Andrew Moon (@moonytweets), is a social media producer at the Australian Broadcasting Corporation. Moon specializes in social media and user-generated content, working to enhance news coverage and relationships with the ABC audience. Moon, an avid TweetDeck user, answered these questions via e-mail.
How do you use TweetDeck for work?
For both posting updates to Twitter and monitoring Tweets and hashtags, but mostly for monitoring: what are people saying about our coverage, what events are other news organisations covering, what are politicians talking about, and what content is coming out of certain regions or events.
What does your setup look like?
Two screens, and probably too many columns! I monitor my home timeline, then mentions of ABC News 24, Tweets from other news departments and journalists at the ABC, Tweets from global breaking news accounts, and Tweets from federal politicians, followed by columns customised for particular stories.
You use TweetDeck as part of ABC’s online news program, News Exchange. Tell us about this show and how you use TweetDeck for it.
News Exchange is ABC News 24’s social media and online news program, bringing stories and reaction from both spheres (online and offline) to a TV audience. A key part of this show is the conversation the content generates, so our producers use TweetDeck to favourite related Tweets, which are then fed through to the presenter’s laptop and in-studio plasma screen. We do this by creating a “Favorite” column in TweetDeck.
You mentioned hosting Twitter trainings sessions at ABC.
We’re very lucky at the ABC to have some of the best journalists in Australia, and my role has been to ensure that skill set includes a strong proficiency in all things social media. This includes introducing them to key social platforms, the art of live-tweeting, monitoring streams of information and filtering using tools like TweetDeck, and then verifying accounts and user-generated content.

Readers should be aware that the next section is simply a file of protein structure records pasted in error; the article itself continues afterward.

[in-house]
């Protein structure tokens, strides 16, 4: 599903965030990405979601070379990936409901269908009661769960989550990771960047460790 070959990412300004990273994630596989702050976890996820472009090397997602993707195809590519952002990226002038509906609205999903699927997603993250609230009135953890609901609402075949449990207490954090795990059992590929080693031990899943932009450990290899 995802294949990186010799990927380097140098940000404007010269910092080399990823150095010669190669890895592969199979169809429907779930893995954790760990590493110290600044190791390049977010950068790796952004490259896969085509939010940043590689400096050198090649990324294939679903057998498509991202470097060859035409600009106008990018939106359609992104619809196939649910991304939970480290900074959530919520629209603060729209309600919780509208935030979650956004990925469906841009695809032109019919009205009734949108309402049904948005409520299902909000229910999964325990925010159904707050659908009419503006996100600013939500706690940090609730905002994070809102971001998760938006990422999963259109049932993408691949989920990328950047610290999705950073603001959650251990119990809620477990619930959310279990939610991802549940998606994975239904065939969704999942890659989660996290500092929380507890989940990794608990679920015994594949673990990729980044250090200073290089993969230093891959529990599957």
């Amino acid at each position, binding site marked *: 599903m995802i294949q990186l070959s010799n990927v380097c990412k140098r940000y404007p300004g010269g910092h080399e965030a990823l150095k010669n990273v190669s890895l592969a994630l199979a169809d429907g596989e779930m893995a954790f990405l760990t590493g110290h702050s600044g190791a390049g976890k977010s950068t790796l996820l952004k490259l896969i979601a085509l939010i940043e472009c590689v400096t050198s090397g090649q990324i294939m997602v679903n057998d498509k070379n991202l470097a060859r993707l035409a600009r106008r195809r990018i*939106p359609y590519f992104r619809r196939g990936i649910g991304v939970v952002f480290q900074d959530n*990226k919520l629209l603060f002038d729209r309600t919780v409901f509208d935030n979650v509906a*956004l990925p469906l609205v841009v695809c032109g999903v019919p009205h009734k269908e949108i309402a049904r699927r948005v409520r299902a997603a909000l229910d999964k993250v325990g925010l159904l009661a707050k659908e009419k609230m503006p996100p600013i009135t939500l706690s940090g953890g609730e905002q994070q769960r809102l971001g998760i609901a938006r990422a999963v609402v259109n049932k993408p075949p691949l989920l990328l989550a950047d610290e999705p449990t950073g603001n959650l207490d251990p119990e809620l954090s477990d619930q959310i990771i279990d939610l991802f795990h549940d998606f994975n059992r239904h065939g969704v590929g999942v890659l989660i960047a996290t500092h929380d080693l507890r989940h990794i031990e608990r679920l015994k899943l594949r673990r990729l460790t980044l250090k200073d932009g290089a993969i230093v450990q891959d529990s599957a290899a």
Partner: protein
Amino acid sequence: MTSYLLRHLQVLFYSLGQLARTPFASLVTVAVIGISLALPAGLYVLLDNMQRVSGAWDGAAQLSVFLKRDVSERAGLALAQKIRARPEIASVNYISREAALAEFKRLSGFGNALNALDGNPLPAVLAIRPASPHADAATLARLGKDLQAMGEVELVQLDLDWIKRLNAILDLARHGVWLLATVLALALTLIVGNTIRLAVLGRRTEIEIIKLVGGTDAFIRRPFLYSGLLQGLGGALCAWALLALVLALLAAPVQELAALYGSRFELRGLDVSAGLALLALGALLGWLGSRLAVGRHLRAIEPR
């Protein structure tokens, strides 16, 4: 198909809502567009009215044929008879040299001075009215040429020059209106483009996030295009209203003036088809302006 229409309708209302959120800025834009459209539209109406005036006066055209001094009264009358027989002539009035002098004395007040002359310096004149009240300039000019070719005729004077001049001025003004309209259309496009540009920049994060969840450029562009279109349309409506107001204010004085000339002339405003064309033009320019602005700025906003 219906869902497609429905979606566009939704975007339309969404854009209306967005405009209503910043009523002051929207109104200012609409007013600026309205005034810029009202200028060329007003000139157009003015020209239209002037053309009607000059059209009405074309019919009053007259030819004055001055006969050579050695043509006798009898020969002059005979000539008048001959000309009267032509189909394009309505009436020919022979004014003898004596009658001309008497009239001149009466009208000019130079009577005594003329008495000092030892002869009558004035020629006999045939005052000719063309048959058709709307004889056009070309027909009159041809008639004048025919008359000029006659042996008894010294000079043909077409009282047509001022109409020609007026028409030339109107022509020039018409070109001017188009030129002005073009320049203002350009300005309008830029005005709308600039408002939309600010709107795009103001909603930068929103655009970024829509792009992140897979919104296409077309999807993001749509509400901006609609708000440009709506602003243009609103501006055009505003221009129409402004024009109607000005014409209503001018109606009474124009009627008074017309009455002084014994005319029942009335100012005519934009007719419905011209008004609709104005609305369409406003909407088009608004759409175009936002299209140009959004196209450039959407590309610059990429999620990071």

Do you use the filters? If so, which ones, and how do they help in covering stories?
In a breaking news event, one of the first things we look for are photos from the scene, followed by video, both of which can also lead us to eyewitnesses on the ground. For finding these, TweetDeck’s media filters are invaluable, and have helped us on a number of occasions.
In a breaking news event one of the first things we look for are photos from the scene. For finding these, TweetDeck’s media filters are invaluable.
One morning earlier this year, we began to hear reports of a commuter train crashing into a station in the Australian city of Brisbane. I used Twitter filters in TweetDeck to set up a location-based search for any tweets featuring links [before TweetDeck had in-built image and video filters].
Cleveland near:”Brisbane” filter:links
I then added this search to a column, which alerted me to one of the first photos posted by a local community publication, which we were able to verify and get to air within minutes.
Train into Clevanf station pic.twitter.com/ErafLhzE— Bayside Bulletin ( @baysidebulletin) January 30, 2013
The language filter has also been useful to find English-speaking voices when news breaks in non-native English speaking countries, such as Egypt. When security forces stormed protest camps set up by supporters of Mohammed Morsi in Cairo, we were able to use a combination of language filters (searching for English content) and location filters to find freelance journalists currently in the Egyptian capital to speak to over the phone.
What’s your favorite thing about using TweetDeck?
The power of the search and filters, and how easy it is to quickly turn a complex search into a column to easily monitor.
Do the Tweets you source ever end up on-air?
Absolutely. For example, during our coverage of Labor Party leadership changes in Australia, we monitored a list of federal politicians to alert us to relevant commentary which we can immediately add to our coverage.
Is there something you wish you had known about TweetDeck but just learned?
The font size and column width can be customised….after too many hours staring at the screen, my eyes are thankful for this discovery!
What advice would you give to a new TweetDeck user?
Don’t just add columns and leave them in that order. Spend some time thinking about what you need to be looking at most, and ordering your columns based on those priorities. It means you’ll adapt to looking at certain parts of the screen depending on what you need, saving you time in the long run. Also, make use of the ability to drag and change the order of columns … a boon for developing or breaking news stories.
Did someone say … cookies?